Gomez said she’s trying to remain optimistic. “Just keeping a positive mindset and not letting it get to you as bad as it has been getting to some people.”
Still, she said, “It’s OK to mourn events that aren’t going to happen anymore.”
Jennifer Guzman, 21, political science and public service major at Arizona State
Jennifer Guzman’s parents came to the United States from Mexicali, Mexico, to give her new opportunities, but her pathway to college wasn’t easy.
Growing up in Yuma, she was part of the U.S. Department of Education’s Migrant Education Program that helps migratory students graduate from high school. Guzman’s father works in the fields around Yuma.
“We are not always expected to graduate, or to even go to college,” Guzman said.
When her parents found out that her graduation ceremony was moved online, they were disappointed.
“My parents even talked about renting a house for a week,” Guzman said. “We wanted to make sure that whatever family wanted to go was able to, because I’m the only one who’s ever been in this position.”
Guzman hoped ASU would offer another option for graduating seniors.
“I think it came as expected with everything else getting canceled,” she said. “But at the same time, it was kind of disheartening that they wanted to shift everything online.”
Beyond her parents, she laments that her nieces and nephews won’t be able to see her walk that stage. She was excited about giving them the chance to “see someone from their family have an accomplishment like this,” she said.
“I feel bad for you,” her nephew told her.
“He was really looking forward to it,” Guzman said.
Jennifer Aguirre Vazquez, 21, psychology major at California State University San Marcos
Jennifer Vazquez doesn’t even have a virtual ceremony to look forward to. The school, for now, has postponed its scheduled May 15-16 commencement ceremonies, saying graduation would be held later this year.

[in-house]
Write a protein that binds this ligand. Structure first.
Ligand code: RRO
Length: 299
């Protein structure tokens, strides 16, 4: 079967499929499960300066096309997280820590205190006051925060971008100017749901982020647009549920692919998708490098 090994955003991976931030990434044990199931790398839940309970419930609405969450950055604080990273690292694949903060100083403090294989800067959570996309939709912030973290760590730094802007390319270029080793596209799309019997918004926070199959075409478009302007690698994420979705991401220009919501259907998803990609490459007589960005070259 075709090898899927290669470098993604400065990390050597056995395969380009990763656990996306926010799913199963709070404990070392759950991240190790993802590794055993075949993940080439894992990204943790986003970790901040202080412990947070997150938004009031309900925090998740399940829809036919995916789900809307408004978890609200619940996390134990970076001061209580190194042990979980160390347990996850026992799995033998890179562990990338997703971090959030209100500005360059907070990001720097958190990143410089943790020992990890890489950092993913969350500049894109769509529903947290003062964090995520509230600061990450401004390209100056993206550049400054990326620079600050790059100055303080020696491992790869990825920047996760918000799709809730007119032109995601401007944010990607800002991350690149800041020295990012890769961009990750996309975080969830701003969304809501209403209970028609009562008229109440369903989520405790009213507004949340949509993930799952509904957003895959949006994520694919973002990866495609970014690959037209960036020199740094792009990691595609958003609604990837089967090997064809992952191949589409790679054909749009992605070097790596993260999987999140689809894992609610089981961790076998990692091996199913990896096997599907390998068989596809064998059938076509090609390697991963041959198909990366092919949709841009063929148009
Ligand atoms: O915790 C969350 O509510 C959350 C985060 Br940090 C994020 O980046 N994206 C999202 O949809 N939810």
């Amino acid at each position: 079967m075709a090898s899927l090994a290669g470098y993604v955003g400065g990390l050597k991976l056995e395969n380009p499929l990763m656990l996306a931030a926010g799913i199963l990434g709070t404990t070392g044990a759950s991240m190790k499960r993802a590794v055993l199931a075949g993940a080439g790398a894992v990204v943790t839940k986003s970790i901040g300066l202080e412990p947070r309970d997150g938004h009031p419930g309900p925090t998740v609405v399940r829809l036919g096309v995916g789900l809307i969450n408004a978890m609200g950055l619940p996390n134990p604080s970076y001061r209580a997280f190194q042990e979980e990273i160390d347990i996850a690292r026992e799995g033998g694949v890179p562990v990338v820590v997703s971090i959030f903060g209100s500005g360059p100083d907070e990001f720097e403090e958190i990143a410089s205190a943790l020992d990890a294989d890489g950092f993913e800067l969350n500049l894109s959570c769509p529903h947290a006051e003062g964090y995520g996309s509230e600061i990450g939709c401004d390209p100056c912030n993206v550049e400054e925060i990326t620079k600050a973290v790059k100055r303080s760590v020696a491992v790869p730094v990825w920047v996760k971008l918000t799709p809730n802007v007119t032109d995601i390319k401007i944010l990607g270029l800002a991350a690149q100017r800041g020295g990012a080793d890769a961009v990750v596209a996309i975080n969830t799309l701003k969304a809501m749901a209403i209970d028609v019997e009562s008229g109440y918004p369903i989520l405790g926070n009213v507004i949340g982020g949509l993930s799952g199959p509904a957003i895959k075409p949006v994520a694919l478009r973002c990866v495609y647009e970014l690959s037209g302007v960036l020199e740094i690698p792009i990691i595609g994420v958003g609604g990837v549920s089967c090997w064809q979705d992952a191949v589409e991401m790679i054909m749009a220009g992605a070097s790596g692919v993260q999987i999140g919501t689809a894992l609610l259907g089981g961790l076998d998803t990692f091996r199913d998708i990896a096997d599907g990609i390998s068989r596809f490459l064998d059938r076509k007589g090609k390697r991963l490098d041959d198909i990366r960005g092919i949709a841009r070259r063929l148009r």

Among those most heartbroken is Vazquez’s father, who, along with her mother, is an immigrant from Mexico.
“He was the one who really pushed for education and was the one who tutored me in math,” she said. “I feel like in a way it’s not only my accomplishment, but also he can see that the work he put in was worth it. To see me happy and with my degree is most important to him.”
Vazquez was raised in a largely Latino area close to San Juan Capistrano, California. Her father is a construction worker, and her mother works at a market. Her parents didn’t receive any formal education after elementary school.
“I grew up in an area where we’re seen as at-risk youth,” Vazquez said. “So going to college, and growing up in that area, was something that was very phenomenal.”
Cal State San Marcos made its graduation announcement earlier than other universities, on March 18, one day before Gov. Gavin Newsom issued a statewide stay-at-home order.
“I cried for a good while,” Vasquez recalled.
Her mom has accepted the bad news, because most important is that her daughter will have her degree.
Like most students, Vazquez already had paid for her cap and gown.
“My older sisters are very frustrated because they were excited to see me in my cap and gown, and see me receive a diploma and take photos and all,” she said.
For now, she’s trying to stay focused on the positive.
“I still have my cap and gown, and I still have my achievements and awards,” she said. “And for me, that’s enough, as long as I get to spend a celebration period with my family.”
As for those celebrations, she hopes to be with her family and have a big backyard carne asada barbecue to commemorate the moment.
“Something that’s really helped me is talking to my family about it and realizing that although the ceremony is postponed, the accomplishment and awards I’ve received are still there.”
This article was published with the permission of Cronkite News.